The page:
Virtual Indexes in Oracle
Posted by decipherinfosys on July 11, 2007
How many times have you wished that in a VLDB (Very Large Database), without actually creating/modifying an index, you had the ability to check whether an index creation or a change to an existing index would help you tune a query better? Sort of like taking a best guess, trying out a few options w/o actually populating the index and collecting stats on it. That would save disk space and more so the time involved in tuning. Oracle has a “un-documented” (un-documented constructs are not supported by Oracle Support so use it at your own risk) nosegment clause in their “Create Index” statement using which you can create an index definition without actually physically creating that index tree. This is also called as a virtual index or a fake index. Oracle also has a “Virtual Index Wizard” in their tuning pack using which you can see what kind of a performance increase/decrease in performance you can expect with those changes. If you trace out those sessions, you can see actually what goes on in the back-ground.
Our recommendation would be to use the Oracle tuning pack if you intend to play with this feature since all this work is well contained in that wizard and you can also enlist help from Oracle support for that work. If you just execute the SQL Statements directly, then remember that this is an un-supported feature. If you are using plain SQL, then in order to analyze the impact of these virtual indexes on the execution plans, you would need to use the hidden parameter “_use_nosegment_indexes” to evaluate the changes in the execution plan. Let’s take a very simple example to cover this feature:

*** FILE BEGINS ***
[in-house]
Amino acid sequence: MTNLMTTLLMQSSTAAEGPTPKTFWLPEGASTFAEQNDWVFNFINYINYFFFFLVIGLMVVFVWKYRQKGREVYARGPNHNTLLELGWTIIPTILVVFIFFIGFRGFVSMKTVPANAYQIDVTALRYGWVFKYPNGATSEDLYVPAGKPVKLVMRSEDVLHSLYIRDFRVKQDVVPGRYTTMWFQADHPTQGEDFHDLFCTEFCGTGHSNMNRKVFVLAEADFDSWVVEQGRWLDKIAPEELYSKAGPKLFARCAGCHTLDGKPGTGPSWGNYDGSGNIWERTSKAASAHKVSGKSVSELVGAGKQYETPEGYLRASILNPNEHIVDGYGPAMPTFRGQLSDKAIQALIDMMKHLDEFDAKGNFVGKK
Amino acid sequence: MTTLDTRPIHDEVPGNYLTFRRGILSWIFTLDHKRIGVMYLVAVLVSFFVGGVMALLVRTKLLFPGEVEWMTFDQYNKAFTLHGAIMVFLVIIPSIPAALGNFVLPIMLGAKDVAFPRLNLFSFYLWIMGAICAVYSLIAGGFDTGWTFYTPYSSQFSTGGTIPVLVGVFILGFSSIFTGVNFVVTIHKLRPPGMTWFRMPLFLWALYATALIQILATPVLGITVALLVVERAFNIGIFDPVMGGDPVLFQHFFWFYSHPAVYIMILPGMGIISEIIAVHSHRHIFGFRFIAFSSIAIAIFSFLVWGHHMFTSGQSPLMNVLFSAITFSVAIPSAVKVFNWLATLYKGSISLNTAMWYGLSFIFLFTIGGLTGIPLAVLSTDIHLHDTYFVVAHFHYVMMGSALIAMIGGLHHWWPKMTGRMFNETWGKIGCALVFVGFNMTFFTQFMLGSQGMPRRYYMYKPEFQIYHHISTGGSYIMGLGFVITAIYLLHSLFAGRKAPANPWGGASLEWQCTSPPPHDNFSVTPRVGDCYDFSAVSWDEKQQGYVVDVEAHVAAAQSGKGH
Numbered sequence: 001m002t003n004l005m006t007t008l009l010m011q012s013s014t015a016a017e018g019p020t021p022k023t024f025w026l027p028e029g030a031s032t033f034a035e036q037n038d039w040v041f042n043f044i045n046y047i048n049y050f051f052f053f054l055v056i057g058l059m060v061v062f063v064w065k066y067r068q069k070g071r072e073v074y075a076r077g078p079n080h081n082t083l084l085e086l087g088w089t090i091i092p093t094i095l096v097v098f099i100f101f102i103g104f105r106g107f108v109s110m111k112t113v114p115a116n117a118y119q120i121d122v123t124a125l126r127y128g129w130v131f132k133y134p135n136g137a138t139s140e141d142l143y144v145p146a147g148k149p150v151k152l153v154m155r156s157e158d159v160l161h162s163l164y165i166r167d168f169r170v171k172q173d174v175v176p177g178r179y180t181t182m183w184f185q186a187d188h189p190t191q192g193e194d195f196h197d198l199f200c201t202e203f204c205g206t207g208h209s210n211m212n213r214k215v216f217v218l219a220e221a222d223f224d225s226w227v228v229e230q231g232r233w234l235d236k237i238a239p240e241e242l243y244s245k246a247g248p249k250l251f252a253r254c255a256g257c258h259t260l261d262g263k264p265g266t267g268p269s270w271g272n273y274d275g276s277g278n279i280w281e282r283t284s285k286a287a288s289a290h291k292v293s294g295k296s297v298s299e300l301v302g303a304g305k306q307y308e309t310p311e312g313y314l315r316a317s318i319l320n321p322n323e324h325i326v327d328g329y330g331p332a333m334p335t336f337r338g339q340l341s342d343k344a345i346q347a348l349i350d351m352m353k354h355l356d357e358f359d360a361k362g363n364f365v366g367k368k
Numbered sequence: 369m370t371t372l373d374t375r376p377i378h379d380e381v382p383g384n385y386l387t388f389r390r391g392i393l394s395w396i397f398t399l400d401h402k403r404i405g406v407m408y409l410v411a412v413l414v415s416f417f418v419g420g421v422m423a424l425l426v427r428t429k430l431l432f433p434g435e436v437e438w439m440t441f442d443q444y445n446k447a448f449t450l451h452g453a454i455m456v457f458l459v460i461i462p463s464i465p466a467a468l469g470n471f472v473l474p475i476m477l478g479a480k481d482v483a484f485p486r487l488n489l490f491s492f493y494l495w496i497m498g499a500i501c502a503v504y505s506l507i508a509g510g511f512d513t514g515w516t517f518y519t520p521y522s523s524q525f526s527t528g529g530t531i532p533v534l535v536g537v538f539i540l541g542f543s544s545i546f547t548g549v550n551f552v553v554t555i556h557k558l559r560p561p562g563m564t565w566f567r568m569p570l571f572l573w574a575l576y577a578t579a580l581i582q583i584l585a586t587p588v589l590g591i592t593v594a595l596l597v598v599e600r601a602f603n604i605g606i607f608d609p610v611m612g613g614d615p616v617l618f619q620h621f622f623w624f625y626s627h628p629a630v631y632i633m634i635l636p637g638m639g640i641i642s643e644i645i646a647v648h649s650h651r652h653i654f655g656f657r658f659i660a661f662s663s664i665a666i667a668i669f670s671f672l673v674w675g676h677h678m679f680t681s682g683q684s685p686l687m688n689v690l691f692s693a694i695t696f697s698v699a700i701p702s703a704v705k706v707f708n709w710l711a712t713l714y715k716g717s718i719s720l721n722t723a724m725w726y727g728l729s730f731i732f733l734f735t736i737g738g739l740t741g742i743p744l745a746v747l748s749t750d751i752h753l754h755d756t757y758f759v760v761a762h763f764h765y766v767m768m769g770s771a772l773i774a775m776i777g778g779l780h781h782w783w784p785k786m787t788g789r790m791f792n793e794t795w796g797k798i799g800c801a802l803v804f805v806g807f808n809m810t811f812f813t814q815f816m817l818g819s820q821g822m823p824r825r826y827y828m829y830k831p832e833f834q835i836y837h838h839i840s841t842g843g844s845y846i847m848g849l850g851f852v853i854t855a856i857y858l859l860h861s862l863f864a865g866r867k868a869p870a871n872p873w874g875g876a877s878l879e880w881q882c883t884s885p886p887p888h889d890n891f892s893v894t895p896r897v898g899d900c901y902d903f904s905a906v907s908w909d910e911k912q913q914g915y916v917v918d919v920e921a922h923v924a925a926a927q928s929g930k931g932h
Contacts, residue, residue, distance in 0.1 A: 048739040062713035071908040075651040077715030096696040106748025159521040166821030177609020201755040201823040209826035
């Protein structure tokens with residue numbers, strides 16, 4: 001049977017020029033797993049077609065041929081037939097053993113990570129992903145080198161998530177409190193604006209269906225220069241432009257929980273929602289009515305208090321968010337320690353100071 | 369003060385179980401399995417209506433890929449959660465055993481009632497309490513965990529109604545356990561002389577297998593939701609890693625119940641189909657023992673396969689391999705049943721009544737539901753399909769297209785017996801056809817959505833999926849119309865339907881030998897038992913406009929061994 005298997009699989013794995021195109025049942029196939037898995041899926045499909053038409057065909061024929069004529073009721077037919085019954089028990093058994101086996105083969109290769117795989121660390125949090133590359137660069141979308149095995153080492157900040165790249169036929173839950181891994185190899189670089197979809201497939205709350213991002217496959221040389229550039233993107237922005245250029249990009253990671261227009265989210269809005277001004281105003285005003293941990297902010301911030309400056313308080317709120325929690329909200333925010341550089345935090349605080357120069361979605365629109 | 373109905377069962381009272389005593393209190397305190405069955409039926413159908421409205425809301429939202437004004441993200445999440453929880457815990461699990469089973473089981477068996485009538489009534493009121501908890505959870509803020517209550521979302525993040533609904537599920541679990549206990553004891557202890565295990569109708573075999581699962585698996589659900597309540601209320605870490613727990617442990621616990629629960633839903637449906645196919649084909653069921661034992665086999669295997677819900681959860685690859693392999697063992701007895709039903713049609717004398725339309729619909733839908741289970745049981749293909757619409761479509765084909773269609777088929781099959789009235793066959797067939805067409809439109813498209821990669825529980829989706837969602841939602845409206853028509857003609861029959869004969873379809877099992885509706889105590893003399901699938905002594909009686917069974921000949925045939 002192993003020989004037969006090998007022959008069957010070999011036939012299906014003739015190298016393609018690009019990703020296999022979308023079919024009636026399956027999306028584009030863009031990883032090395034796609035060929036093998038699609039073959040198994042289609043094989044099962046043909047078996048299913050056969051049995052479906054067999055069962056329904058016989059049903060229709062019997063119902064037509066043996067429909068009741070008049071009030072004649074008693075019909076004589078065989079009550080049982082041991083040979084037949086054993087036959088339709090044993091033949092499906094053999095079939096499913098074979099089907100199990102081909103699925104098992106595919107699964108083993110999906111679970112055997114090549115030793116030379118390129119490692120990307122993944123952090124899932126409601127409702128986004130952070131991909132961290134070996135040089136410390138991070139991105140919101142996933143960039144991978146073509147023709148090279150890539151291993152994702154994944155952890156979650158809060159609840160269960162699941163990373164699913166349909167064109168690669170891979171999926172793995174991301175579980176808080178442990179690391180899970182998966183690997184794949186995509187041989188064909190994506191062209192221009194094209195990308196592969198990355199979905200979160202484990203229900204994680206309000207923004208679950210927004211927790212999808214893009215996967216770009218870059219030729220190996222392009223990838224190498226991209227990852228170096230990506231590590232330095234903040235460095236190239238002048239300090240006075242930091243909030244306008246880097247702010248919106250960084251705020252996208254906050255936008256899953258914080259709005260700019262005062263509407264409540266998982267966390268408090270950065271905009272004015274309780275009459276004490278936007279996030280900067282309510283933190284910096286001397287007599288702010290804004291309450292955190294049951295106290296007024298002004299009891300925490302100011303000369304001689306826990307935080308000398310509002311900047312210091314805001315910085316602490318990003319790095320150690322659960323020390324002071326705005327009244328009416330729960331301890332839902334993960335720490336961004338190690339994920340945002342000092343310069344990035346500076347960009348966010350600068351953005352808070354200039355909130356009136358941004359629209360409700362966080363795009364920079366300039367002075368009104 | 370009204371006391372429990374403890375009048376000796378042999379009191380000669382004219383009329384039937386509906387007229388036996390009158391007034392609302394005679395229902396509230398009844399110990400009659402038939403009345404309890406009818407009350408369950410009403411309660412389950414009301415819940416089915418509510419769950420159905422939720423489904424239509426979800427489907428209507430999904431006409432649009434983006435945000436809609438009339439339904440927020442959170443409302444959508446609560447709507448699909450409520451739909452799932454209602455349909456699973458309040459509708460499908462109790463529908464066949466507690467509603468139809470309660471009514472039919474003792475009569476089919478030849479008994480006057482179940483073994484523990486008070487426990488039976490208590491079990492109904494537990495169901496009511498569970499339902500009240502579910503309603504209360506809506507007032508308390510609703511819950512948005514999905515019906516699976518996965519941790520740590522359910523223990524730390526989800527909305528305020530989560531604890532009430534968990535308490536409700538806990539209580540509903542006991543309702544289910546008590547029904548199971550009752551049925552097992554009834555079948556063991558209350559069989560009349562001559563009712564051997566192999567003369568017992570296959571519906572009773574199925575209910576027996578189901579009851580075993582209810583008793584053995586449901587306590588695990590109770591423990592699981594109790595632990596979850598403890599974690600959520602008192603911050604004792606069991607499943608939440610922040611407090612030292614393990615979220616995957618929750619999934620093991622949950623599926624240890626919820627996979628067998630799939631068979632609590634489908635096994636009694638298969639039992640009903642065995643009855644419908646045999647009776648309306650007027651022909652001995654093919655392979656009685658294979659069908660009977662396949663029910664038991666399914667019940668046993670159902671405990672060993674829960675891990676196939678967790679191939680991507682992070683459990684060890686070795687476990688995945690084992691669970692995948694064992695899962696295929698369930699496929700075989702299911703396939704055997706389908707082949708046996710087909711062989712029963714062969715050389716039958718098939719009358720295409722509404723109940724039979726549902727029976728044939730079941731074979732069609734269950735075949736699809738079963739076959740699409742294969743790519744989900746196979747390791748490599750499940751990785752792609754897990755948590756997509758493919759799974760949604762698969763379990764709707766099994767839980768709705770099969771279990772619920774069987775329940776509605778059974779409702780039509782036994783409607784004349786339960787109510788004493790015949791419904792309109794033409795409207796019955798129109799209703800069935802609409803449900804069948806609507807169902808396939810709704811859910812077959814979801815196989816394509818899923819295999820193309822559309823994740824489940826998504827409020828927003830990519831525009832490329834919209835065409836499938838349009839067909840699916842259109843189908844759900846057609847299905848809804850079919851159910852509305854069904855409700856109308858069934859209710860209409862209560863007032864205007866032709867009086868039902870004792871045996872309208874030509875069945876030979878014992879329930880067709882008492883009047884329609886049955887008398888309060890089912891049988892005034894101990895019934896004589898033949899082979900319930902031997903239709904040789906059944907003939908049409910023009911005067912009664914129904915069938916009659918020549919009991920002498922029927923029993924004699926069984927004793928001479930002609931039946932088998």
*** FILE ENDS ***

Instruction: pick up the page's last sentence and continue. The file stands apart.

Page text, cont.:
Say, I have a table called USER_MASTER which has a column called USER_FIRST_NAME. Let’s create the virtual index on it and then look at the execution plan change for this query when we query on that column.
SQL> create index virtual_Index on USER_MASTER (USER_FIRST_NAME) nosegment;
SQL> set autotrace on explain;
SQL> alter session set “_use_nosegment_indexes” = true;
SQL> select * from USER_MASTER where USER_FIRST_NAME = ‘JOE’;
USER_MASTER TABLE ACCESS(FULL)
USER_MASTER TABLE ACCESS(BY INDEX ROWID)
VIRTUAL_INDEX INDEX(UNIQUE SCAN)
This can prove to be useful when you are working with TB (Tera-Byte) size databases and need to check your index changes quickly. Play around with it using the tuning pack from Oracle and trace out the sessions to see what it does behind the scenes and if you feel comfortable with it, you can then use it to your advantage to make effective decisions that can save you time and help do your job more effectively.
SQL Server also has an Index Tuning Wizard (DTA in SQL 2005) which makes recommendations on additional indexes and indexed views based on a workload, a query etc. and shows the percentage gains due to those.
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